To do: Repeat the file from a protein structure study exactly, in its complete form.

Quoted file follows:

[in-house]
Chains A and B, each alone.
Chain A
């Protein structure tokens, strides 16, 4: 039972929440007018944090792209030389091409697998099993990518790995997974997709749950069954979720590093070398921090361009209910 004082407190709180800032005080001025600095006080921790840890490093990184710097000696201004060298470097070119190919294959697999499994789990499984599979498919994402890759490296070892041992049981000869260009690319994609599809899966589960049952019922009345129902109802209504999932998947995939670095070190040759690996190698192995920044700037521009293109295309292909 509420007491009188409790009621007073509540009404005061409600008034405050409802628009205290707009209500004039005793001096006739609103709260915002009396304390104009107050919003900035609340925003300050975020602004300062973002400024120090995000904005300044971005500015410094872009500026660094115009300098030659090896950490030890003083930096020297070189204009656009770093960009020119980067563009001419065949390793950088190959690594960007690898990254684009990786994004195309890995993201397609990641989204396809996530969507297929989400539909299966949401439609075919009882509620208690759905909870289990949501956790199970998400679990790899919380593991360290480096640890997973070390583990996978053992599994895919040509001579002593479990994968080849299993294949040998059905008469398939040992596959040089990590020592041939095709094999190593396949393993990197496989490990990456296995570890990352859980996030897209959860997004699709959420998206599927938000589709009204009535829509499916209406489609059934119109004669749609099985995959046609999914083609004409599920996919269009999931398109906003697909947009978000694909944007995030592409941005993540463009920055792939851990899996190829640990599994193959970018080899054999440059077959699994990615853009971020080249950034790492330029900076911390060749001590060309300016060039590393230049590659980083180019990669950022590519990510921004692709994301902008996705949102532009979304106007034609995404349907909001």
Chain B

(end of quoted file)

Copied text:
[in-house]
Chains A and B, each alone.
Chain A
């Protein structure tokens, strides 16, 4: 039972929440007018944090792209030389091409697998099993990518790995997974997709749950069954979720590093070398921090361009209910 004082407190709180800032005080001025600095006080921790840890490093990184710097000696201004060298470097070119190919294959697999499994789990499984599979498919994402890759490296070892041992049981000869260009690319994609599809899966589960049952019922009345129902109802209504999932998947995939670095070190040759690996190698192995920044700037521009293109295309292909 509420007491009188409790009621007073509540009404005061409600008034405050409802628009205290707009209500004039005793001096006739609103709260915002009396304390104009107050919003900035609340925003300050975020602004300062973002400024120090995000904005300044971005500015410094872009500026660094115009300098030659090896950490030890003083930096020297070189204009656009770093960009020119980067563009001419065949390793950088190959690594960007690898990254684009990786994004195309890995993201397609990641989204396809996530969507297929989400539909299966949401439609075919009882509620208690759905909870289990949501956790199970998400679990790899919380593991360290480096640890997973070390583990996978053992599994895919040509001579002593479990994968080849299993294949040998059905008469398939040992596959040089990590020592041939095709094999190593396949393993990197496989490990990456296995570890990352859980996030897209959860997004699709959420998206599927938000589709009204009535829509499916209406489609059934119109004669749609099985995959046609999914083609004409599920996919269009999931398109906003697909947009978000694909944007995030592409941005993540463009920055792939851990899996190829640990599994193959970018080899054999440059077959699994990615853009971020080249950034790492330029900076911390060749001590060309300016060039590393230049590659980083180019990669950022590519990510921004692709994301902008996705949102532009979304106007034609995404349907909001």
Chain B